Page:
Legal Insider: Virginia passes pro-employee overtime law

This is a sponsored column by attorneys John Berry and Kimberly Berry of Berry & Berry, PLLC, an employment and labor law firm located in Northern Virginia that specializes in federal employee, security clearance, retirement and private sector employee matters.

By John V. Berry, Esq.

The Commonwealth of Virginia did not have its own overtime laws until the recent passage of the Virginia Overtime Wage Act (VOWA), in Virginia House Bill 2063, signed on March 30, 2021, by Governor Northam.

Those who were able to argue for lost overtime compensation had to previously rely on federal law, the Fair Labor Standards Act, known as FLSA. While the new VOWA is similar to the FLSA, it increases costs and penalties (both civil and criminal) for Virginia employers that don’t pay required overtime to employees.

Like the FLSA, Virginia’s new overtime law generally requires payment of time and a half at an employee’s regular rate for hours worked in excess of 40 hours in a workweek. But although the law largely tracks federal standards, significant differences are likely to result in new liabilities for Virginia employers and higher damages for overtime violations for employees in Virginia who have not received their overtime pay.

The new Virginia law establishes a new formula for calculations for salaried employees in Virginia, which will yield larger recoveries in overtime cases. VOWA will also yield larger recoveries for misclassified workers. Additionally, while the FLSA has a two-year statute of limitations to bring claims — unless they are willful (intentional), which extends it to three years — VOWA expands this. VOWA extends overtime claims to three years. This will bring greater liability to employers.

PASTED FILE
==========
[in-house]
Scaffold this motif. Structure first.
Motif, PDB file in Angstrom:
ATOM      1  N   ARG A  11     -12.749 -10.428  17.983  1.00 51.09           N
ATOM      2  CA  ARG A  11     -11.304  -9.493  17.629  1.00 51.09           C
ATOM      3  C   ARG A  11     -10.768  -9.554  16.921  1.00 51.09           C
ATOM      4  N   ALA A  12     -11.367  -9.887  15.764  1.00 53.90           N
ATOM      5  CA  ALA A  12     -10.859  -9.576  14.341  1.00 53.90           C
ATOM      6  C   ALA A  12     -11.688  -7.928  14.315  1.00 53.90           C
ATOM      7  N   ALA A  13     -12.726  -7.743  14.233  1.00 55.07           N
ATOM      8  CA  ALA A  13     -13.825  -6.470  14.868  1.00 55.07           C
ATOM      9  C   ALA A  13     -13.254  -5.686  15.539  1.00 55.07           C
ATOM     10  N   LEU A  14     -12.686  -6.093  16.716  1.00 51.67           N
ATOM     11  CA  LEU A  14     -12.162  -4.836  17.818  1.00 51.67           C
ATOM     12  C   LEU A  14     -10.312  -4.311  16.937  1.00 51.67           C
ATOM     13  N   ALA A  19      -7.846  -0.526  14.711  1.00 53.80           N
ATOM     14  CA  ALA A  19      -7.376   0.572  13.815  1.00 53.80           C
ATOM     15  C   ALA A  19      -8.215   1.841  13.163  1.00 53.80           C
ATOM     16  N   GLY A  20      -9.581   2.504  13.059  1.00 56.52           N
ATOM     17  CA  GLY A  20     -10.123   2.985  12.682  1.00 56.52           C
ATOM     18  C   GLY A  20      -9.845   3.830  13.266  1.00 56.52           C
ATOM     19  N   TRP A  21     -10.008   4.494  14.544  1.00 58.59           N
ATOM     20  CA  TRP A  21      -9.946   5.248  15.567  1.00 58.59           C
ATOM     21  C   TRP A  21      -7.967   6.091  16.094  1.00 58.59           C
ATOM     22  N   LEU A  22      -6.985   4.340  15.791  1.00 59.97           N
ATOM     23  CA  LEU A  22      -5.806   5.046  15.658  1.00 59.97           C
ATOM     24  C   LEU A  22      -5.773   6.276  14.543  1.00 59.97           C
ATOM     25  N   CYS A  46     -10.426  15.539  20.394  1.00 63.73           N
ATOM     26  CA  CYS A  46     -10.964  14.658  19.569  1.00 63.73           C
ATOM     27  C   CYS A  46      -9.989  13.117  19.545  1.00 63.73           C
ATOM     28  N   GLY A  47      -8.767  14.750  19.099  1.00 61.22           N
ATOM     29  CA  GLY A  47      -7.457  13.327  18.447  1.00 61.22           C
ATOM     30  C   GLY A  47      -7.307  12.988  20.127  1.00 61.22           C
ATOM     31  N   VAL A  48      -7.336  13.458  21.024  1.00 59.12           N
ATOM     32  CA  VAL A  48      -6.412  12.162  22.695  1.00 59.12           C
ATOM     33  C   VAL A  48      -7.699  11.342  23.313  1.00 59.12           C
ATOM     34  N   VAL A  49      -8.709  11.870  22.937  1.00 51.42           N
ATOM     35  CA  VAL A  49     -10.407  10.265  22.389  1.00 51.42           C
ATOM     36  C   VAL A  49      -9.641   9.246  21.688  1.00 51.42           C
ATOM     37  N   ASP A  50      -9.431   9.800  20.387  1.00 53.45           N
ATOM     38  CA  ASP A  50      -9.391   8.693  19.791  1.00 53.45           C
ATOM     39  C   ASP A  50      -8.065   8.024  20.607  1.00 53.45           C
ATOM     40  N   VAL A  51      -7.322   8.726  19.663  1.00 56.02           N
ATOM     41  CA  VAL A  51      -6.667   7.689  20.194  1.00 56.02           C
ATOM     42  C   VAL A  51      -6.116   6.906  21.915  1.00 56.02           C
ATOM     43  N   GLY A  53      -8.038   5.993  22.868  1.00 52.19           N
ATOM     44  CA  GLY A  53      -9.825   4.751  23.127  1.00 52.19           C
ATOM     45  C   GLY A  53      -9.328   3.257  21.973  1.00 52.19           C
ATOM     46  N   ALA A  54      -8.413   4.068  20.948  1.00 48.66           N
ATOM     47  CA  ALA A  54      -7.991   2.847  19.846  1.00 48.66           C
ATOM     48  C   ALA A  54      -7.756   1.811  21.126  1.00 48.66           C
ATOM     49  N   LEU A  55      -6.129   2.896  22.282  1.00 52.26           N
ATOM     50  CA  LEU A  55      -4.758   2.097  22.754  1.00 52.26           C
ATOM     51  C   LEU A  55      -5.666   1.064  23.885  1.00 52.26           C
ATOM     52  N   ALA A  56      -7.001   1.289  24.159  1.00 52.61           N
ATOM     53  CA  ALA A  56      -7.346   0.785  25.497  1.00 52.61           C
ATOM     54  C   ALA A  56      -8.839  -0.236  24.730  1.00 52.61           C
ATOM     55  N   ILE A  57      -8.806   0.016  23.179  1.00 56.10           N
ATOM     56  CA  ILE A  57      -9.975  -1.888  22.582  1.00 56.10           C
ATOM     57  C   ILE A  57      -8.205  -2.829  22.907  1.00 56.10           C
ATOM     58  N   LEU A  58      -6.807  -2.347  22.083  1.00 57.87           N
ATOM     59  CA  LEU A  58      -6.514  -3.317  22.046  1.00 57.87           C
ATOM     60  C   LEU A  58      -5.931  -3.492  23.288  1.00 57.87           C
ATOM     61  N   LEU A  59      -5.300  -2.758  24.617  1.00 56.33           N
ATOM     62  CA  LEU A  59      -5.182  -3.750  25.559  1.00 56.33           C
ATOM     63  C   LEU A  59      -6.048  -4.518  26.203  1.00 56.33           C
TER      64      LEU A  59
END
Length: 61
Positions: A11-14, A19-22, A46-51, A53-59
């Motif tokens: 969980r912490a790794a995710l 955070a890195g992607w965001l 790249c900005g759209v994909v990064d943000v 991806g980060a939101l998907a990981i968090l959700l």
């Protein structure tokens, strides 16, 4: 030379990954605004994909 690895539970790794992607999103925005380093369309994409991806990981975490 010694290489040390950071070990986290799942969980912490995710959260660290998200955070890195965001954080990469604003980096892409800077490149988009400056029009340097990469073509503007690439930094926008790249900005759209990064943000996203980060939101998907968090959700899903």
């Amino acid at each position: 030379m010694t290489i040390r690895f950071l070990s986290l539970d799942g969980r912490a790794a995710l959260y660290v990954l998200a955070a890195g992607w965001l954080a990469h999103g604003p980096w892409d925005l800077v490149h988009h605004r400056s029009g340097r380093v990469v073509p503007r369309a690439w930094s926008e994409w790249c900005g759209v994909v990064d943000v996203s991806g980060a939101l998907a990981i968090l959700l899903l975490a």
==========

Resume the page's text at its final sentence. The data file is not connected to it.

Finally, VOWA presumes an employees’ ability to obtain double damages for all overtime violations. The FLSA allows employers to argue they acted in good faith as a defense to such claims. The new VOWA takes this defense away. Under VOWA, all overtime wage violations are subject to double damages (in addition to pre-judgment interest of 8% per year). Finally, VOWA goes further and permits triple damages for employees where an employer had actual knowledge that it failed to pay the overtime wages due and acted in deliberate ignorance or reckless disregard as to whether it was paying all overtime wages owed.

VOWA also includes criminal provisions against employers. Employers can be now found guilty of a Class 1 misdemeanor if the value of the overtime wages earned and not paid is less than $10,000. If the amount unpaid is over $10,000, the employer can be found liable for a Class 6 Felony charge. A felony charge can also apply no matter the amount of wages at issue for a second conviction.

There is a lot to sort out with the new VOWA overtime legislation in Virginia, but employees are going to have much stronger state claims for overtime in the future.

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